Friday, October 30, 2009
On Wednesday morning I managed to get these pictures of the graders working on Gibbs Road.
Bonnie and Sophie have started playing basketball on Tuesday nights, but I haven't been able to convince Odette to play. This week Sophie's class cooked the barbecue to raise funds for their camp to Pemberton in December. Well the class didn't cook, it was the parents - or more precisely the mothers - who took the orders and prepared the hamburgers, sausages and crumbed fish burgers for those who wanted to eat. And while I was cooking, I couldn't be watching the basketball, so I missed Bonnie's first goal. I hope there will be plenty more goals for me to see now that Bonnie is one of the biggest of the biddis (years 1 to 3) she is bound to get more of the action.
Monday, October 26, 2009
On the way home from York on Saturday we stopped for a picnic at Boyagin Rock, off the York-Williams Road. We pass the sign and the nature reserve every time we drive down that road, but we have never had the time to stop before. This time Nanna had packed us a picnic because we had to leave Hope Farm before lunch because some prospective buyers were going to look through the house. (Never mind that they didn't show up...)
The nature reserve is nearly 5000 hectares, and has several large granite outcrops. Boyagin Rock is the largest, and it is significant to the Nyoongar people. Apparently if you walk to the top of the rock without stopping the aboriginal belief is that you will live a long life. Well I hope I still live a long life, even though there were many stops on the way to the top - after all I had my camera and Hugh with me...
I would like to visit this nature reserve again, and explore it more thoroughly. There is a campground just outside the reserve boundary, and I found a documented walk on the internet site walkGPS.com which gives a good guide to the area.
Saturday, October 24, 2009
On my way home last Tuesday I stopped to take some photos of the hay that Roger had cut. The lines cut into the crop make quite graphic patterns. The hay was dry enough yesterday afternoon to bale, but this morning is overcast and there was a slight drizzle this morning. I wonder if any will be baled when I get home tonight??
Ryegrass is the biggest contributor to hayfever, and here is a cose-up to show the offending pollen hanging off the rye-grass flowers.
Friday, October 23, 2009
The interschool athletics carnival was held today in Boddington. That is about an hour's drive from here. Three schools participated - Williams, Bodddington and Darkan. Our school has about 100 students from year one to year seven.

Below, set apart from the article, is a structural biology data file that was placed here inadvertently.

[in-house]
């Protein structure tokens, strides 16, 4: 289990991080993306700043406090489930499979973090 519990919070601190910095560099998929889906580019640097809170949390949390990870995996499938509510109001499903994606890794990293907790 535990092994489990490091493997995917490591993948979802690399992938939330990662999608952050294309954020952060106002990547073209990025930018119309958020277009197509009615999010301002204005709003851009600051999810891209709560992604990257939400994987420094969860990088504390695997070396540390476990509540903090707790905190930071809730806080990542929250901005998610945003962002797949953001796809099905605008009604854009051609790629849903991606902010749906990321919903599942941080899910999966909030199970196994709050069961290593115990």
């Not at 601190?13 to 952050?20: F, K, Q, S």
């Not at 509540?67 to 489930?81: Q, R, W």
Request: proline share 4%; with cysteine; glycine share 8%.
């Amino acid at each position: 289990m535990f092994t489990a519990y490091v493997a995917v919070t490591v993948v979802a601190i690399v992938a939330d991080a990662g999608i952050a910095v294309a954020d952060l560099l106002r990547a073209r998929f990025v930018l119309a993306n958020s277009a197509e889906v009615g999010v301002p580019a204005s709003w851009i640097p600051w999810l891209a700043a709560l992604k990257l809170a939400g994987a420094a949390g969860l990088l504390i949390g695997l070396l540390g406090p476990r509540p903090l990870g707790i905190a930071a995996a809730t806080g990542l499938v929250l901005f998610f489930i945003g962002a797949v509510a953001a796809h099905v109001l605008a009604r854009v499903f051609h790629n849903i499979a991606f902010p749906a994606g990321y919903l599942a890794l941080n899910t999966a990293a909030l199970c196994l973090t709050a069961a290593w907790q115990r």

Odette was not selected in the school team, so she was one of the few children who went to school today. I offered to take her with us to the carnival but she preferred to go to school.
Hugh preferred to come with us to the carnival, so I made sure I had something to keep him interested. We took a ball, but then all he wanted to do was play on the basketball courts, instead of where we were. I also had a little pack of puppy dog toys, so Hugh was given the puppies to play with. It is as close as we can get with a puppy right now, but we're trying to talk Daddy into letting us have a puppy.
Hugh's toy puppies.
The day turned out lovely for a sports carnival, and Darkan won the day, with most of the champion and runner-up trophies going to Darkan as well. It really is a change because for more than twenty years Darkan had not won the carnival, until last year.
The biggest stuff-up for the day was that the two-hundred metre races all had to be re-run when it was discovered that the track was measured wrong. The outside lane had a twenty-metre advantage, so the records that had been broken were in fact only for 180 metres not 200 metres!! No doubt someone will be pretty red-faced about that, and maybe will need some instruction in measurement...
After the athletics carnival we stopped at the Quindanning Hotel, along with quite a few other families from Williams and Darkan. It is a beautiful spot and there is a huge garden and outdoor area so the kids get to run around while the parents chat over a drink. Unfortunately there was something there that caused Sophie, Bonnie and myself to get hayfever, so we were a bit uncomfortable, and had very sore red eyes by the time we left.
Hugh jumping off the outdoor stage.
Friday, October 16, 2009
The pool is located on the school grounds, and is managed by the Shire. In order to use the pool community members have always needed to sign an agreement and pay an annual fee for an access key. This year, due to increased government safety regulations, the key system was set to be abolished. We were told that we would need a trained life-saver on duty whenever the pool was open. Of course that is not really feasible in a small community like ours. So our clever swimming pool management committee decided all key-holders would prove that they could be lifesavers and there would never be a need for a paid life-saver.